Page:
The problem with EMV for most consumers and merchants comes down to speed, Visa and Index have learned. The change in hand motion didn’t really throw most customers off that much. Moving from a swipe to dip didn’t turn out to be so very fundamentally different from each other – and consumers learned to deal.
Waiting, on the other hand – that quickly turned into a problem for both sides of the transaction.
“What we heard from our partners is that longer lines equals lost sales. All of us can imagine that experience because we’ve all had it before at a QSR. Then you decide it is too long and you don’t want to wait. So any experience that extends the line – like waiting around for the EMV chip for an extra few seconds – has costs,” noted Marc Freed-Finnegan, co-founder and CEO, retail software provider Index.
Some of EMV’s speed issues were addressed in a remarkable way last summer when Visa released its Quick Chip solution. Index partnered with Visa on the first implementation of it (and later with Mastercard on the implementation of their faster EMV spec, MChip Fast). And as a result, the time for an EMV transaction fell from 7 to sometimes 8 seconds to something more like 2 to 3 seconds.
Which, Freed-Finnegan noted, was a good start – but also something they thought they could improve upon – because what they continued to hear from merchants was that even at 2.3 seconds, EMV costs them money.
“It was pretty simple to see that this was a major pain point for our retail partners. So we put a bunch of engineers in a room and asked them ‘how can we make this go faster?’”
And, that’s what they did. Today, Index is announcing that they have found a way to make the EMV transaction go faster – all the way down to a single second.
A New EMV Kernel
Cutting the speed of an average EMV transaction by more than half takes some work, of course.
“The major technical thing we did is to write our own EMV kernel and get it Level 2 certified from EMVCo – the governing body for standard around EMV. This was a big deal, and big project.”
The insight that drove the redesign, Freed-Finnegan noted, was the fact that even though EMV is new to the U.S. – it’s not a new technology – it was designed for a very different marketplace. So, when EMV went online here, “a lot of the old was ported into the U.S.,” without really taking care to optimize it for its new American market. The 1-second EMV software removes those unnecessary legacy elements and allows its new kernel to perform much faster.
Better For Customers
Customers don’t want to wait – Freed-Finnegan noted – but they like guessing even less than they like waiting.
More than just re-aligning the hardware spec of their product- Freed-Finnegan noted, the 1-second EMV is also about rethinking the product experience for customers, who may have gotten off on the wrong foot with chip-tech in its earlier slower days. Part of that is bringing in the “dip-anytime” element so customers are able to insert their card whenever they want to instead of “waiting for a magic moment with a cashier” and then having to wait, after already having waiting to get to the checkout counter.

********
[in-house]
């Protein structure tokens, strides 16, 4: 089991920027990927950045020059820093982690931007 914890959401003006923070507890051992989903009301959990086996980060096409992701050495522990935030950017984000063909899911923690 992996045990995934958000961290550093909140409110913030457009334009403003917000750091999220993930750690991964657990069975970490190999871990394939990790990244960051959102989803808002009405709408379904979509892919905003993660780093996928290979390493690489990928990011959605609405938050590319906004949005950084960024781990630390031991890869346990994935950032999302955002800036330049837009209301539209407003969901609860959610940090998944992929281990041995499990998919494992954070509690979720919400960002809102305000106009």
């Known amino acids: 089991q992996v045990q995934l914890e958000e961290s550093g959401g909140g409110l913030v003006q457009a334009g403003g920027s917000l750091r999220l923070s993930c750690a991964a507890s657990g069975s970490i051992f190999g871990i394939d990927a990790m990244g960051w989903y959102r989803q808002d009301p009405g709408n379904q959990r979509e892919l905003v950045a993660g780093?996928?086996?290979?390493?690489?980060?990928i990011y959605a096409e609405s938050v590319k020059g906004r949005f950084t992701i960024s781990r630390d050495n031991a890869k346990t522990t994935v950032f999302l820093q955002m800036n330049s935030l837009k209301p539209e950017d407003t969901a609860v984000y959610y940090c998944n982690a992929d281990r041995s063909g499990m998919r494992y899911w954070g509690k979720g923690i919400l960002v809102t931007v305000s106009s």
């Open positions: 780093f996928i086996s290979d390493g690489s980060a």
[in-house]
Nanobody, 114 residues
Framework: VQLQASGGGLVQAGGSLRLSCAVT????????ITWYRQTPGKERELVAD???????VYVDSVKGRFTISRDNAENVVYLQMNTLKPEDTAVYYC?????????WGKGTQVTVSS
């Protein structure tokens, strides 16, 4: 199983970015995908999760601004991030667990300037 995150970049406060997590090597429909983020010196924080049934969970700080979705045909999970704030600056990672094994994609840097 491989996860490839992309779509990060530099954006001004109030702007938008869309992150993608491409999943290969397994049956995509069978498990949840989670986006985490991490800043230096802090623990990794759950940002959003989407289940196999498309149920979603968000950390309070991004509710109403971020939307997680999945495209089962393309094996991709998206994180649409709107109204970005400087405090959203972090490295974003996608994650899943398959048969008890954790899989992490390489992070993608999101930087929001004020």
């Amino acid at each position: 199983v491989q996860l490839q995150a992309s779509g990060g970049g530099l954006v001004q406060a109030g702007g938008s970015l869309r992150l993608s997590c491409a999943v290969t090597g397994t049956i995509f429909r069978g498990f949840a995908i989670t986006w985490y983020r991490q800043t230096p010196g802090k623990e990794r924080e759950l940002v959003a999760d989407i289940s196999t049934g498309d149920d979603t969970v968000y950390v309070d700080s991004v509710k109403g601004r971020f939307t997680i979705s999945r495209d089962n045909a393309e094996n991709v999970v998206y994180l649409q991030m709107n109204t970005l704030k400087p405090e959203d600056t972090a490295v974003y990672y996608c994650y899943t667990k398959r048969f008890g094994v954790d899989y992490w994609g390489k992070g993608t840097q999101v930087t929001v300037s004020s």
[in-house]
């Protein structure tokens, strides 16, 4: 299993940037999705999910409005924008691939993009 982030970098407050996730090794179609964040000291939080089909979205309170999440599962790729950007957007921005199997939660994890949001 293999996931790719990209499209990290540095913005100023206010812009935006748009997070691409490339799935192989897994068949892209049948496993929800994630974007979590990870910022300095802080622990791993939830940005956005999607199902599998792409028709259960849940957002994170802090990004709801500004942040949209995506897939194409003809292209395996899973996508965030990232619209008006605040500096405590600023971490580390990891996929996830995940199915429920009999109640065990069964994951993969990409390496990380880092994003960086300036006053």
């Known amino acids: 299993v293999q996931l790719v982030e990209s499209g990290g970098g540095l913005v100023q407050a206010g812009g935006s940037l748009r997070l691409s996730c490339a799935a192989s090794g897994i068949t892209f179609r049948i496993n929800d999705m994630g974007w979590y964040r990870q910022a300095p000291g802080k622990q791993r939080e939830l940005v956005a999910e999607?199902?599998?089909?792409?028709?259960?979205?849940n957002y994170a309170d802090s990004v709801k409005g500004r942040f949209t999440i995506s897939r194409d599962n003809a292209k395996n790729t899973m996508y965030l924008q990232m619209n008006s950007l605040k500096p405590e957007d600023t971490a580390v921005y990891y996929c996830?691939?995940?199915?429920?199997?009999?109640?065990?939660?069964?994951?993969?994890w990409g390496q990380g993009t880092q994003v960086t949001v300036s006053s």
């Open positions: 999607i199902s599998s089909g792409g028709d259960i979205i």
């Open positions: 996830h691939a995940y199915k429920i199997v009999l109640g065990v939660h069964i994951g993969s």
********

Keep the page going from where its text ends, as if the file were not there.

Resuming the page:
Index also sought to make the messaging clearer, because at some point a lot of the difficulty with EMV is that consumer may not know what to do, when to dip, when to enter information or why the machine is beeping loudly at them.
“We made the message really large and clear,” Freed-Finnegan said. “This may seem like a small thing but our information now takes up 20 percent of the pin pad. Consumers are not confused, they know where they are in the transaction. And we removed unnecessary screens and let those consumers dip whenever they wanted to, including at the beginning of the transaction.”
Easier For Merchants
But, as an entire merchant class that just lived through the great EMV terminal upgrade will cheerfully attest – changes, no matter how beneficial, should be weighed carefully since they are often costly.
But not in this case – Freed-Finnegan notes, because on the integration side, this is essentially a software update for POS terminals running Index already. For those that aren’t, he concedes, one might have to touch the device once during an install – but after that the software updates will be automatically pushed to the POS terminal.
And it is these kind of upgrades – that happen simply and make the experience exponentially smoother within the retail establishment – might be helpful in pushing hold-out categories of merchants toward greater comfort with adoption the EMV standard.
“When you look at EMV enablement in QSR, it’s much slower than other parts of the market. QSR is very sensitive about line speed of service – so much so that they have said ‘Ehhh, we are going to wait on EMV.’ At 1 second it is a non-issue. With the tech we’ve developed here speed is not real reason for fast casual or quick service to be wary.”
And 1-second, he notes, isn’t as well as Index plans to do – for the next generation of EMV cards, the goal is to knock that transaction time to fractions of a second. Because in retail , time is literally money – and even a few seconds have a tangible value.
Freed-Finnegan noted that, going forward, the times on EMV could even be pushed lower – into the nanosecond range – since further clearing up and out those legacy speed-bumps, even below the one-second time – will be apparent to merchants and customers.
“Imagine having technology that can go 500 miles an hour – and then finding out that a speed-limit of 5 miles an hour has been imposed on it because of legacy system constraints. We’ve identified something else that’s a drag on EMV transaction speed – and think we can get do even better than 1-second.”
And, no doubt there’s a bunch of engineers at Index HQ hard at work tackling that problem.